India has experienced a very rapid population increase from 48 million to 1.2 billion over the last five decades.3 Road transport is vital for growth because it provides mobility for both people and goods. It also exposes people to the chance of road accidents, injuries, and fatalities.4 Exposure to an adverse traffic climate is high in India due to the unparalleled pace of motorization and increasing urbanization fuelled by high economic process rates.5

Motorcycle accidents are a major cause of head injury. Evidence exists to suggest that the use of helmets can reduce the risk and occurrence of both head injuries and death due to motorcycle accidents, and in turn reduce hospitalization and morbidity.6

An important means of increasing the wearing of helmets in low- and middle-income countries is legislation; where helmet-wearing rates are low and a large number of people use motorized two-wheelers. In most low- and middle-income countries, especially in Asia, a motorbike is the common vehicle for the family. Helmet use among motorcycle road users is low. Young motorcycle users, in particular, are generally less likely to wear a helmet than those who are older.7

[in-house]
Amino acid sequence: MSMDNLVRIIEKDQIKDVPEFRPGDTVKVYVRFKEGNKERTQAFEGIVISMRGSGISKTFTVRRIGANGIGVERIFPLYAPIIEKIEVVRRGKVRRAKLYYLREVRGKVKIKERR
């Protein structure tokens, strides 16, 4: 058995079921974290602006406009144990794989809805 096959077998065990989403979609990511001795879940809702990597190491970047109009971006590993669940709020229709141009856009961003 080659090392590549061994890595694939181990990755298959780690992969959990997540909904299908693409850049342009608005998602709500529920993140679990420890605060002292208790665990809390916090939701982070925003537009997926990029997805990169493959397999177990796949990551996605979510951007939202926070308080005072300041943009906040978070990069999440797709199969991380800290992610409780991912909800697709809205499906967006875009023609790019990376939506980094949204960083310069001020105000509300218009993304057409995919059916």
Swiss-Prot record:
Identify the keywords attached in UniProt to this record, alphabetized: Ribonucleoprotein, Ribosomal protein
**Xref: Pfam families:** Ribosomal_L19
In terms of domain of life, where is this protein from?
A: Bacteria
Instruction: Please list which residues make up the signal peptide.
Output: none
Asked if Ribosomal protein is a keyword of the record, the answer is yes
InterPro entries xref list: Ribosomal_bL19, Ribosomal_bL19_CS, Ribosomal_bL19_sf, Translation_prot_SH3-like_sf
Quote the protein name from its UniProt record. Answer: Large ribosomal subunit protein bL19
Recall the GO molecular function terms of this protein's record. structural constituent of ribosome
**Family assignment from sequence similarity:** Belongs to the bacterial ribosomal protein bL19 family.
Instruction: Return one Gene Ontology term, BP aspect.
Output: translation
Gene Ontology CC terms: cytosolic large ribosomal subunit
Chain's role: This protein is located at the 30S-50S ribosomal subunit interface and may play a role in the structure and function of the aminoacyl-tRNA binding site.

Impairment by alcohol is a crucial factor influencing both the danger of a road crash also because of the severity of the injuries that result from crashes. The frequency of drinking and driving varies between countries but it's almost universally a significant risk factoring for a road traffic crash. In many high-income countries, about 20% of fatally injured drivers have excess alcohol in their blood (i.e., above the legal limit). Studies in low-income countries have shown alcohol to be presented in between 33% and 69% of fatally injured drivers.8


This was a prospective-epidemiological study of polytrauma patients admitted at Trauma centre, M.G.M. Medical College and M.Y. Hospital Indore, M.P.

Study period- November 2018 to July 2020.

Sample size- 250 patients of polytrauma admitted at the trauma centre, M.G.M. Medical College and M.Y. Hospital Indore.

Inclusion Criteria -

1. All patients (two-wheelers driver) with polytrauma injury due to road traffic accident.

2.Patients > 18 years.

3. Patients or attender’s who give written informed consent.

Exclusion Criteria -

1. All patients where the mode of road traffic accident was not due to Two wheelers or not known.

2. Patients under the age of 18 years were excluded from the study as Abbreviated Injury Scale (AIS) and Injury Severity Score (ISS) perform differently in paediatric trauma patients compared to adult patients.